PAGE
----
She then compared Americans’ reactions to the Muslim Brotherhood to how “unprepared” the U.S. was for communists during the Cold War.

“We can go all the way back, of course, to the time of the Cold War and back to the 1920s, ‘30s, ‘40s when communists, you know, the KGB, infiltrated our government at the very highest levels. And then, like now, we were unprepared and in large measure unaware of what was going on, at least until the House Un-American Activities got rolling in the 1950s with Sen. Joseph McCarthy, who absolutely was spot-on in just about everything he said about the levels of infiltration,” she said. “So we have precedent for this where we were not fully aware of the infiltration occurring at the time.”

* Here is another quote from President Obama’s speech in Cuba today:

So even as our governments became adversaries, our people continued to share these common passions, particularly as so many Cubans came to America. In Miami or Havana, you can find places to dance the Cha-Cha-Cha or the Salsa, and eat ropa vieja. People in both of our countries have sung along with Celia Cruz or Gloria Estefan, and now listen to reggaeton or Pitbull. (Laughter.) Millions of our people share a common religion–a faith that I paid tribute to at the Shrine of our Lady of Charity in Miami, a peace that Cubans find in La Cachita.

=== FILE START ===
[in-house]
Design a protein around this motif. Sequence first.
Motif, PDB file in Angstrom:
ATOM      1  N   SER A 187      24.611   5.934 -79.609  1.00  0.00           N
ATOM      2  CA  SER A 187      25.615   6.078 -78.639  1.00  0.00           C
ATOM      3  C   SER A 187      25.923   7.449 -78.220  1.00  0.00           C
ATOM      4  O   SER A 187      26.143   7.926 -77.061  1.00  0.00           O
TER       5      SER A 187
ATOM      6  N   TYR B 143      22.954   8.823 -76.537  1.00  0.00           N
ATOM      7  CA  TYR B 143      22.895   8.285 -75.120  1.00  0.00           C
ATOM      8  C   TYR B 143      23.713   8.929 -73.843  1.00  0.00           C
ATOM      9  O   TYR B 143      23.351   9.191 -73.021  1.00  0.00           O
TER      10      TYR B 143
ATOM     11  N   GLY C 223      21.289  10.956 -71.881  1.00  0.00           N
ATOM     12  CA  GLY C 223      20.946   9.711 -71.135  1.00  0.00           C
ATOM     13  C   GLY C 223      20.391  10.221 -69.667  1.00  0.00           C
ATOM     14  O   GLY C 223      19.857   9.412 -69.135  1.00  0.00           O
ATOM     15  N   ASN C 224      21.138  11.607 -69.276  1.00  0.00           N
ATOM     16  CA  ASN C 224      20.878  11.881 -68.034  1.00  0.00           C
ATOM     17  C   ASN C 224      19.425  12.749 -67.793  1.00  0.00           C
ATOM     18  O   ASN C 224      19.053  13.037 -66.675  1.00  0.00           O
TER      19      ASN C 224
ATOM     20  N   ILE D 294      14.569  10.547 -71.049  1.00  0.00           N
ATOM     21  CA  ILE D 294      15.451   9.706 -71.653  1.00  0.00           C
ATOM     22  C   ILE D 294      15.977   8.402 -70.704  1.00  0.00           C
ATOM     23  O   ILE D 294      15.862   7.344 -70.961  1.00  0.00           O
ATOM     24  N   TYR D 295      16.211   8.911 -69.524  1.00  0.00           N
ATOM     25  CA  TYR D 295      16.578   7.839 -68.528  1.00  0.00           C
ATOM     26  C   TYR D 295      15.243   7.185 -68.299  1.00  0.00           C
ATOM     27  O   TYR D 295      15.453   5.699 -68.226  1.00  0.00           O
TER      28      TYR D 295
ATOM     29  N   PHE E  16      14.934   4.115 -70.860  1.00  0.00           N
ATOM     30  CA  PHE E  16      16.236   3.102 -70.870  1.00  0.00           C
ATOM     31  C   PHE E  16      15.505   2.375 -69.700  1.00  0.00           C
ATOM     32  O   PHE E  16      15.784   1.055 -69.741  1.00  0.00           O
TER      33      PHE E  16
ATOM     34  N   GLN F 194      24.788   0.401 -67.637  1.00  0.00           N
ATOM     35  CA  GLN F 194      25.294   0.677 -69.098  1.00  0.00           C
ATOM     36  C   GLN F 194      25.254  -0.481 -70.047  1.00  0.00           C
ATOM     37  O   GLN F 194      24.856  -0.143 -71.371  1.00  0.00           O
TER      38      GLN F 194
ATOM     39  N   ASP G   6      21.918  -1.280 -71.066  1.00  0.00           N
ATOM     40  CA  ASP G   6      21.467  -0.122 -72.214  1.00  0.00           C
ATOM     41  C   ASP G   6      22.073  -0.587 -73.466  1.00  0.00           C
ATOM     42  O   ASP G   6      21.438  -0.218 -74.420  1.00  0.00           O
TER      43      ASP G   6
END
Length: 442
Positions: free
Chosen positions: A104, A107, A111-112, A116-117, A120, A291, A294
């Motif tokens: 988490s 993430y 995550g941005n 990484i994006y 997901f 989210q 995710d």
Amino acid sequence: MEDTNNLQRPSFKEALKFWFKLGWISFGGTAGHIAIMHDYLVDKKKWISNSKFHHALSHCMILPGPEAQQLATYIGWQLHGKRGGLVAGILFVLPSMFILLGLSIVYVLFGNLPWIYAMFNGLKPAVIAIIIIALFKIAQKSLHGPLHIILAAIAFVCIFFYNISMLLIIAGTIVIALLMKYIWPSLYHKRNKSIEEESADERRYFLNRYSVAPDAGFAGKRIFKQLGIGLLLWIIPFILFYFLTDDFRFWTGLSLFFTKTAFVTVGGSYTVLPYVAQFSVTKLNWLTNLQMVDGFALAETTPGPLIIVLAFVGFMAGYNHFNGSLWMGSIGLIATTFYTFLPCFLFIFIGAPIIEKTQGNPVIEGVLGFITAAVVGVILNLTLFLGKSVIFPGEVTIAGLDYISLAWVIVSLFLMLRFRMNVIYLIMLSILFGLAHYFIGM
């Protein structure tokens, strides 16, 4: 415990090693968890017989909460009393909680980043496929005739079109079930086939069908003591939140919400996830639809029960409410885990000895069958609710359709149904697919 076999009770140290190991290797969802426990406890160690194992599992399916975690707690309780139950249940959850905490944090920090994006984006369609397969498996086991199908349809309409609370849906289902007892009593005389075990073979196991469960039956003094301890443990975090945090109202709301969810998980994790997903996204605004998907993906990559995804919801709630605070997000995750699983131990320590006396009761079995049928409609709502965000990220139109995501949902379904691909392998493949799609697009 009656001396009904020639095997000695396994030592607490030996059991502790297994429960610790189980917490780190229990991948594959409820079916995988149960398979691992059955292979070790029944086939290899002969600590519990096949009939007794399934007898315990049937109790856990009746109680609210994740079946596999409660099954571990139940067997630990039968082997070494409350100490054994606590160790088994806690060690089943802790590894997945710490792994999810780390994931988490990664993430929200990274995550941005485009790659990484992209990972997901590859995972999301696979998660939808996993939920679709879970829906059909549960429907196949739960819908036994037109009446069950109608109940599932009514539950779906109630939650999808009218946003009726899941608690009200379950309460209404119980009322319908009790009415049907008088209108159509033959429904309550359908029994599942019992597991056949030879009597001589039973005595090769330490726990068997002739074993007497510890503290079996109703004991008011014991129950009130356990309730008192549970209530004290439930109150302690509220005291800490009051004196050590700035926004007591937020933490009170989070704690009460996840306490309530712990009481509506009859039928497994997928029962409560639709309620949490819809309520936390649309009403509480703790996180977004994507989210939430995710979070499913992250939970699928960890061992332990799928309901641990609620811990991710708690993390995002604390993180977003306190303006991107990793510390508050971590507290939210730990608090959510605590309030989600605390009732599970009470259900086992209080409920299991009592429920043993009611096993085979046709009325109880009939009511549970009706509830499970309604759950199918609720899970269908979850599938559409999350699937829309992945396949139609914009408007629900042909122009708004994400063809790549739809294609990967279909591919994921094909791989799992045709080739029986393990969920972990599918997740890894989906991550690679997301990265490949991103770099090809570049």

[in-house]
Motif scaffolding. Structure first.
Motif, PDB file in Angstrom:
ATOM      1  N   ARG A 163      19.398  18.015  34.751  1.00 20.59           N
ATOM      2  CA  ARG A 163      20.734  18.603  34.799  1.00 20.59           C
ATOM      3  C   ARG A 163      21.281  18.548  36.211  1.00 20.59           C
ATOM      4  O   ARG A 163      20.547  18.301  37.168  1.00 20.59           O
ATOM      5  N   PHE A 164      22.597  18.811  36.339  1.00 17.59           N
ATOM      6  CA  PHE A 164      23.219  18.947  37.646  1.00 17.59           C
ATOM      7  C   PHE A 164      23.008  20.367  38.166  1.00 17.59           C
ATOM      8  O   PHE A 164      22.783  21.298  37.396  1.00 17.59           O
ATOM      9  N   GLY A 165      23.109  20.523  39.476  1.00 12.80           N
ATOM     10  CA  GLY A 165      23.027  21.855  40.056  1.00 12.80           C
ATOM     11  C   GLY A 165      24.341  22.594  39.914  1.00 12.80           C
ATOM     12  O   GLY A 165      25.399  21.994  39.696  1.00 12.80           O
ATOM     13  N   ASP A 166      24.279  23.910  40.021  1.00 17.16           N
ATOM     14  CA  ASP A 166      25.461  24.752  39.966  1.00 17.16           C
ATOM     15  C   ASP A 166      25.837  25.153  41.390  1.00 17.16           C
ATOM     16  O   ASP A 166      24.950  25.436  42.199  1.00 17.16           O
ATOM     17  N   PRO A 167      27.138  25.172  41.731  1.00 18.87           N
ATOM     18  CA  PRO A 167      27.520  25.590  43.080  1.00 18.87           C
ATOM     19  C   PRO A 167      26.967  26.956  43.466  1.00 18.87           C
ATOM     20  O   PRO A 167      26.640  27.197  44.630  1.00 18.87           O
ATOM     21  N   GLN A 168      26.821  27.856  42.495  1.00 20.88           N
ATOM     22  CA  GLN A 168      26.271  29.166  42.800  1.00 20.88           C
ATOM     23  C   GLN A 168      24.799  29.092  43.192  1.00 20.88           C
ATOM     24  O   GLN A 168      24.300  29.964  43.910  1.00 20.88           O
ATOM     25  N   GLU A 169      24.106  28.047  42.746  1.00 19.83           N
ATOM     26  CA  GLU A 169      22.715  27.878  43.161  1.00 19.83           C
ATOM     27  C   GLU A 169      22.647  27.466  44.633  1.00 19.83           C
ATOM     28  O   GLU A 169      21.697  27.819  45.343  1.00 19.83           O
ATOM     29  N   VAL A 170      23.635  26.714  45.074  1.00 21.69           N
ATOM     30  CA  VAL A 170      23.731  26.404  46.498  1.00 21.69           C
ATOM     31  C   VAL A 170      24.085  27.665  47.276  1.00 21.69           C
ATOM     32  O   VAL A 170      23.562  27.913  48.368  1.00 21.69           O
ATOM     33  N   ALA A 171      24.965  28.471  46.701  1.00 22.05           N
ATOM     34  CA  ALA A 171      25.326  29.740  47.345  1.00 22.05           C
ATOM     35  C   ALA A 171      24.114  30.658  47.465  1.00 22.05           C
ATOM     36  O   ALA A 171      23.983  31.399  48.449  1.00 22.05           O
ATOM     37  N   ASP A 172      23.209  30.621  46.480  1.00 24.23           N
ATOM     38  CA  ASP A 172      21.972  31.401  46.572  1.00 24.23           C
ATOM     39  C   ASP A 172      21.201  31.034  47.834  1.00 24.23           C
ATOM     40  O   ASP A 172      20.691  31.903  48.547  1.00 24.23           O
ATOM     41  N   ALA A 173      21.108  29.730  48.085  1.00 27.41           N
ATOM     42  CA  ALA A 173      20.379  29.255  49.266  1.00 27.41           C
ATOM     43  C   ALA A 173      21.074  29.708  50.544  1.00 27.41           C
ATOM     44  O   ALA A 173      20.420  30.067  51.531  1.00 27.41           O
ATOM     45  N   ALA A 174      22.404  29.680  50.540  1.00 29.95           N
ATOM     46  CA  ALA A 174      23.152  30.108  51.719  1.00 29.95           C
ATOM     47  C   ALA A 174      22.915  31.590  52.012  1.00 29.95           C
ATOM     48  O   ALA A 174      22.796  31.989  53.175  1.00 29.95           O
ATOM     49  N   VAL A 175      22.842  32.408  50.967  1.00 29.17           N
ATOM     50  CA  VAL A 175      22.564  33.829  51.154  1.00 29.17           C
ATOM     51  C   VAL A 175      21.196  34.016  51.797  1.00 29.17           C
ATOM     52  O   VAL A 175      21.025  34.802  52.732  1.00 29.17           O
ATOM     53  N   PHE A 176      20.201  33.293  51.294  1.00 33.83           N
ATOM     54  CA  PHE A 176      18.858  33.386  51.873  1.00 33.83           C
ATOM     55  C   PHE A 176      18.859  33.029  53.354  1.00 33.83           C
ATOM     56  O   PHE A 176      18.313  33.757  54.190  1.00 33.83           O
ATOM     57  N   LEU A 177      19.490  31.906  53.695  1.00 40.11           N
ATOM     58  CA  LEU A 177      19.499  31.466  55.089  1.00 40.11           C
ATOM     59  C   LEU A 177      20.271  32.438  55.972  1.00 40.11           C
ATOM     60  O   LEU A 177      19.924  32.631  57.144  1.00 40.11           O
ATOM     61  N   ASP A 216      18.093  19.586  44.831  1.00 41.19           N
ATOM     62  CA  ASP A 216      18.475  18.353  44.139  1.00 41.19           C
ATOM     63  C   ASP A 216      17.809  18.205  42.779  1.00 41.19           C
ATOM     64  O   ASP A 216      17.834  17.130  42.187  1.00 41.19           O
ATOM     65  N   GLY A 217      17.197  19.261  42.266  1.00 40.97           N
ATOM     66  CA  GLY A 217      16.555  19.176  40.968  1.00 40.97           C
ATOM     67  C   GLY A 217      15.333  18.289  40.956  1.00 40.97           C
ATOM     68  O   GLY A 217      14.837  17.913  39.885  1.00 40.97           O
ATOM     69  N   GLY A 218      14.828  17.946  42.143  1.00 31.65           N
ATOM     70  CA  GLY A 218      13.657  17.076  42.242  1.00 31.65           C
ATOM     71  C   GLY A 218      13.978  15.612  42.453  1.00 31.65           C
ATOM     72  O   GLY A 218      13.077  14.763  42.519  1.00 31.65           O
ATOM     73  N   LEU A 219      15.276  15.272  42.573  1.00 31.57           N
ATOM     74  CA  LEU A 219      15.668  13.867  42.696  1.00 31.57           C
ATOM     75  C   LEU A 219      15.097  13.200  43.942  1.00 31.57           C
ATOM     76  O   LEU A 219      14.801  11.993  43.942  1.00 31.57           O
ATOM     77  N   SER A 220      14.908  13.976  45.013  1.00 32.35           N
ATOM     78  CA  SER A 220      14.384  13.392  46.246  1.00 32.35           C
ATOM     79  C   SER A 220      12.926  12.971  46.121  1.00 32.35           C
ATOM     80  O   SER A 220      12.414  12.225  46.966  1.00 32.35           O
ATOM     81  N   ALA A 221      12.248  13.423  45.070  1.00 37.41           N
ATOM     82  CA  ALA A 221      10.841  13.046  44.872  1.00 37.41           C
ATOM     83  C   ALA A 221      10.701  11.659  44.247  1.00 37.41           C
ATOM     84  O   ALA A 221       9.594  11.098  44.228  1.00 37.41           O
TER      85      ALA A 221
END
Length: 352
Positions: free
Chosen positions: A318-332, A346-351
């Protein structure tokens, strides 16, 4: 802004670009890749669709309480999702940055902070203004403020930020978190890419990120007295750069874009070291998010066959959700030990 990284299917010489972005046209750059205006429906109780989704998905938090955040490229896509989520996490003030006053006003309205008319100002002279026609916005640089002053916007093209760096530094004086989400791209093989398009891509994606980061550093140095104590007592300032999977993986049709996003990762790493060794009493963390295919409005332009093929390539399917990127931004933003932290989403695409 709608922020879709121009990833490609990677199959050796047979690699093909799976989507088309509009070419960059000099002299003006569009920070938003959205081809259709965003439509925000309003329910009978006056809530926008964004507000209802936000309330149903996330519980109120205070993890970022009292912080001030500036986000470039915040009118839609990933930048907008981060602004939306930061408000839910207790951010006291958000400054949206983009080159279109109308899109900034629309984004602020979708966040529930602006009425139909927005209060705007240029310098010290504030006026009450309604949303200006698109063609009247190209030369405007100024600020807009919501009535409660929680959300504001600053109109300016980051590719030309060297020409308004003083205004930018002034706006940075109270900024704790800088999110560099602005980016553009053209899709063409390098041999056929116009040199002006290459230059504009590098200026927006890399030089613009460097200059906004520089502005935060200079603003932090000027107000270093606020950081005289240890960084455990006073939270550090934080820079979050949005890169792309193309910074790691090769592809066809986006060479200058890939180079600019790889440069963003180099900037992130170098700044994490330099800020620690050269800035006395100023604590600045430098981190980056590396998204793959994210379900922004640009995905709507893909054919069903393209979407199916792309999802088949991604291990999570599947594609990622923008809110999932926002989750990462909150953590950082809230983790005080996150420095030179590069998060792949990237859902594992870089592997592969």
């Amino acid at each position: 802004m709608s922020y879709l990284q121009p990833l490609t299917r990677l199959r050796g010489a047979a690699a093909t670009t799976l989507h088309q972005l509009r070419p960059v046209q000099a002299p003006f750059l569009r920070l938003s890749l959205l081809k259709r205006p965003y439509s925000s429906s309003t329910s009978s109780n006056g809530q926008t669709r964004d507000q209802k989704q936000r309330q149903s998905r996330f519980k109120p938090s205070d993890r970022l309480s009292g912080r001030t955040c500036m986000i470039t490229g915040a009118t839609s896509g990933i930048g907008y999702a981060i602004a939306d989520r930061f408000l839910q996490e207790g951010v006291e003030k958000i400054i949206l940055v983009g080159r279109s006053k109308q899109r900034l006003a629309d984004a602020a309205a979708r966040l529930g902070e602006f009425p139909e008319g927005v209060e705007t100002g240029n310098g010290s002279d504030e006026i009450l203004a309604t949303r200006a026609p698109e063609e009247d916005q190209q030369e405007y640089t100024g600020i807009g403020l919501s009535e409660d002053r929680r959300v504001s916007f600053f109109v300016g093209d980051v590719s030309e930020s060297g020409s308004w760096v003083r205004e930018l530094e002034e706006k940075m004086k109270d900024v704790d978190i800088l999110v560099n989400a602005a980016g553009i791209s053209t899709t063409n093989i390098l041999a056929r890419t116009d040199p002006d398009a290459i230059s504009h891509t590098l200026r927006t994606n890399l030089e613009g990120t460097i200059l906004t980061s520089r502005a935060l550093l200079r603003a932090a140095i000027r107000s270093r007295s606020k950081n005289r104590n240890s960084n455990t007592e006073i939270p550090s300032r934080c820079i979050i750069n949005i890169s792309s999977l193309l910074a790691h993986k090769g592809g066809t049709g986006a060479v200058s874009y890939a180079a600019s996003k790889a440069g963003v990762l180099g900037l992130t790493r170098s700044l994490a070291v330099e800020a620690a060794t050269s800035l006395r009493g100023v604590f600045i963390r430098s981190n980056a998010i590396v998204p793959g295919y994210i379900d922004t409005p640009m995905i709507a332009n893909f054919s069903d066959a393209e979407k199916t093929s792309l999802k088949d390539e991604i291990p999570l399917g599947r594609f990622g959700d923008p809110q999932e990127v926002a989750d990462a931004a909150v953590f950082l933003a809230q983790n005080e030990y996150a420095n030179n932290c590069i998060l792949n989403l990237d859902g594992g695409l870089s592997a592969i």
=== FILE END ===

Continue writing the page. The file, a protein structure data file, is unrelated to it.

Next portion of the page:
Denise Oliver Velez caught the reference to La Cachita and provides us with this information on why it was so significant.

As “the Mother of all Cubans,” this symbol has represented the potential of reconciliation for the Cuban people, an important task considering the present estrangement existing between the communities of La Habana and Miami, Florida. As symbol, it remains layered by contradictory religious thoughts, normalizing intra-Cuban racial oppression. While La Virgen de la Caridad/Ochún can serve as a catalyst for reconciliation among Cubans on both sides of the Florida Straits, She also serves as a witness against the dominant white Cuban elite who recreate Her image in order to mask their own dominant social position.

* Finally, the outrage du jour for Republicans today was that President Obama continued his itinerary in Cuba despite the attacks in Brussels. That included attending a baseball game with Raul Castro. Here is how he responded to the critics:

Acknowledging calls to go back to the U.S. or Brussels to lead, Obama shared what he called one of his proudest moments as president — when Boston Red Sox designated hitter David Ortiz told fans in a pre-game speech following the Boston marathon bombing: “This is our f—ing city and nobody is going to dictate our freedom. Stay strong.”

“Probably the only time America didn’t have a problem with somebody cursing on live TV was when he talked about Boston and how strong it was and wasn’t gonna be intimidated,” Obama said. “That is the kind of resilience and the kind of strength that we have to continually show in the face of these terrorists. They cannot defeat America.”

Nancy LeTourneau

Nancy LeTourneau is a contributing writer for the Washington Monthly.